Man is sentenced in August beating
WAILUKU – A Pukalani man was released April 25 after spending nearly three months in jail for an unprovoked assault on a man as he sat in his car on a dark Haiku road.
The victim, who had driven Johnny Takemoto’s girlfriend home from Kihei, found himself in a “really scary situation” when Takemoto and another man “walked up to him and began pounding him,” said Deputy Prosecutor Kim Whitworth.
She said Takemoto, 29, admitted “he let his anger get the better of him” when he struck the driver in the incident at about 3 a.m. Aug. 12 on Kahope Place.
“This is a crime of stupidity, a crime of jealousy, a crime that was motivated by his inability to control his own emotions,” Whitworth said.
In court, Takemoto said he was sorry.
He had pleaded no contest to first-degree unauthorized entry into a motor vehicle, with the prosecution dismissing a charge of third-degree assault.
His attorney, Matthew Nardi, said Takemoto had a job waiting for him.
Following a plea agreement, 2nd Circuit Judge Joseph Cardoza placed Takemoto on five years’ probation and ordered him to participate in anger management classes.
Takemoto also was ordered to write a letter apologizing to the victim, who has moved to California.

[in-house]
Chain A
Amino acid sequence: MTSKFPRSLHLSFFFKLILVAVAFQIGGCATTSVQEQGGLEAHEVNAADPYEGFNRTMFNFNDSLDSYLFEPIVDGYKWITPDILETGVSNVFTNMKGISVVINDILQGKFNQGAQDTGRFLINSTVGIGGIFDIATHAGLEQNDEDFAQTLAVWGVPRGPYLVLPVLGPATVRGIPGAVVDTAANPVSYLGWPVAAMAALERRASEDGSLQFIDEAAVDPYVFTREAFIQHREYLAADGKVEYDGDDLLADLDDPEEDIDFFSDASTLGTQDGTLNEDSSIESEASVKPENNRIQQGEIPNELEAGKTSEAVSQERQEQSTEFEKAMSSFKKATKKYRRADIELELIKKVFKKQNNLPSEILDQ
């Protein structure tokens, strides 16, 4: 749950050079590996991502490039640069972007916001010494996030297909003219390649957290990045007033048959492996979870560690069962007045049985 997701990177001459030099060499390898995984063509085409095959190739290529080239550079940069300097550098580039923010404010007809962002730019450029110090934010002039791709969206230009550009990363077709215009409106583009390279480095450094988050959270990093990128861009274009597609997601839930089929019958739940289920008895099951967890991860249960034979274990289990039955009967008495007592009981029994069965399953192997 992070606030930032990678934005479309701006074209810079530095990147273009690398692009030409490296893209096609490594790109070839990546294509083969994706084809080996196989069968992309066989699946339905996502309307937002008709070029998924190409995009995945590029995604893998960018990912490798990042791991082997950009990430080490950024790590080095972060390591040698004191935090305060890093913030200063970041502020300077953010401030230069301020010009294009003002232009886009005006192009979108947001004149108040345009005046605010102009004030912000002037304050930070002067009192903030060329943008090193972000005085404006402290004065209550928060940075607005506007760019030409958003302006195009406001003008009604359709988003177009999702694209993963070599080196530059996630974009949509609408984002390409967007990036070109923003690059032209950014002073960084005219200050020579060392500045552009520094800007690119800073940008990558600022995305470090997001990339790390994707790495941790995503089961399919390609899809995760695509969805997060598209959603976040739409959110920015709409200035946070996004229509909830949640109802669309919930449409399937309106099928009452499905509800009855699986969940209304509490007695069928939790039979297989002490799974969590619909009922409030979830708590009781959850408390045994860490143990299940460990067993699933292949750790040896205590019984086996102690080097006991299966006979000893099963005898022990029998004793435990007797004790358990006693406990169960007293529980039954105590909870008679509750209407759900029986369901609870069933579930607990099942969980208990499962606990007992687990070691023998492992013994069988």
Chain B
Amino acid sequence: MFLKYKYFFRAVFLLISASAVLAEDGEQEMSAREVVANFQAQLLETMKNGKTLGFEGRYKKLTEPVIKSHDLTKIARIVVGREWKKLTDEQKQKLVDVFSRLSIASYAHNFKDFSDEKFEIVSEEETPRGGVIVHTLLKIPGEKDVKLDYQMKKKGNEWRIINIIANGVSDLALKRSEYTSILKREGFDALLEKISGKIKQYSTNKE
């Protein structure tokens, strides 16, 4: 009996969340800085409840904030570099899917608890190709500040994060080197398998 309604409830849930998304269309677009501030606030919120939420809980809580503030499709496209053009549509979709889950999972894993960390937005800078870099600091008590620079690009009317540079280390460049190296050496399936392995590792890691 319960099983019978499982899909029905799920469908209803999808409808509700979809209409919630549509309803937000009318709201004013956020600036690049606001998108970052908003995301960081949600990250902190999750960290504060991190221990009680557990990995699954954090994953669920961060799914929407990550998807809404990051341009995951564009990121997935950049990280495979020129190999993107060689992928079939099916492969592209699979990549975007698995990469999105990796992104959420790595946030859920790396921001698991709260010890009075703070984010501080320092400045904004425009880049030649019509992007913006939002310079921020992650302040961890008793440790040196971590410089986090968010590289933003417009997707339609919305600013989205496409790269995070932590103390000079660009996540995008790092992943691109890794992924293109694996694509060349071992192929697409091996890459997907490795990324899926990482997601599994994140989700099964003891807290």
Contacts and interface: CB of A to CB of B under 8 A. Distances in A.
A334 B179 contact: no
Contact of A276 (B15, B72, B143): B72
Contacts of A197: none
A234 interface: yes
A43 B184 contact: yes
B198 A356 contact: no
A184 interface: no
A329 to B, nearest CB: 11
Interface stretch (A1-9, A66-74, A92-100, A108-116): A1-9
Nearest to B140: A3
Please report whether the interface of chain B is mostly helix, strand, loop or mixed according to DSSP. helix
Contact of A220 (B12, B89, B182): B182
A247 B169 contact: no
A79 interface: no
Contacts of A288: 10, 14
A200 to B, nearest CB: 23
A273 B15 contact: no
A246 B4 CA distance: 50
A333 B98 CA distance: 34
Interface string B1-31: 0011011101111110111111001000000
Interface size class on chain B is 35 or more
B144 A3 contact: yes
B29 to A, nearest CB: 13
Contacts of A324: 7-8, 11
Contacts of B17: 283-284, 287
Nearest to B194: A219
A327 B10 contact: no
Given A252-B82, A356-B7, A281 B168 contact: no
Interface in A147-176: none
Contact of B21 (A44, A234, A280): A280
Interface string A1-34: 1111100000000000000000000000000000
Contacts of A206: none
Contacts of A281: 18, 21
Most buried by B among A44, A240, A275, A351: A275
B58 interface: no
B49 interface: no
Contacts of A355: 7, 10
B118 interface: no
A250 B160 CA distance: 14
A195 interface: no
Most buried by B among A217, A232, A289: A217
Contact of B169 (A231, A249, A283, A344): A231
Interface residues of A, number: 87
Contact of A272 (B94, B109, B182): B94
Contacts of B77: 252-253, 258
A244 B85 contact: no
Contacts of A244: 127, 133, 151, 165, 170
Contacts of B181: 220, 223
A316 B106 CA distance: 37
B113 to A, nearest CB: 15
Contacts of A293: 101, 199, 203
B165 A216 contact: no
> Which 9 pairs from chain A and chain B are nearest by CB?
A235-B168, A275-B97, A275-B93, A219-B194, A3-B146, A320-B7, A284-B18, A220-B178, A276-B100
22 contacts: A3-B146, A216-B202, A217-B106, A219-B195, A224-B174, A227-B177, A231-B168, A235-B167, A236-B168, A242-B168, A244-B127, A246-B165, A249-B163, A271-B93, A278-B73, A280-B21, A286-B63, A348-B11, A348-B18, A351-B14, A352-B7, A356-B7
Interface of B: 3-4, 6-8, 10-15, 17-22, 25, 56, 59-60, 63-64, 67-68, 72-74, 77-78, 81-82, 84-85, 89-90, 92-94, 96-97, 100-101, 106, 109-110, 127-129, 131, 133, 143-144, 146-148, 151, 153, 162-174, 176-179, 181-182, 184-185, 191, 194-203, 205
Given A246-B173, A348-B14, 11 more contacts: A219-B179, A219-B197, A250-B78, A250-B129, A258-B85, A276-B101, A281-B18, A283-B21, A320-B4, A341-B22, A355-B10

Co-defendant Erino Dayton Bascar, 24, of Haiku is awaiting trial.
In another sentencing, a 31-year-old Kula woman was ordered to perform 100 hours of community service and pay $6,831 in restitution for her role in the burglary of a Waiehu residence.
Sarah Caires was placed on five years’ probation and given credit for about five months she had spent in jail. She was ordered to write a letter apologizing to the victims.
Caires was the getaway driver, transporting co-defendants Lewellyn Foster Jr. and Kapeka Laupenia-Lau to the house that was burglarized Nov. 21, 2011, said Deputy Prosecutor Jeffery Temas. He said Foster and Laupenia-Lau went into the house through the garage and left through the front door, carrying trash bags containing thousands of dollars in valuables.
Caires was identified as a suspect when a victim trying to learn who committed the burglary called Caires and she admitted having a video camera and some other property stolen in the burglary, Temas said.
He said Caires had fled Maui after being arraigned in the case and had to be extradited back to the state.
She had pleaded no contest to first-degree burglary and second-degree theft.
Foster was sentenced last year to a five-year prison term after pleading no contest to a reduced charge of second-degree burglary and two counts of second-degree theft. Laupenia-Lau was sentenced last year to a three-month jail term as part of five years’ probation. Both were ordered to share in paying restitution.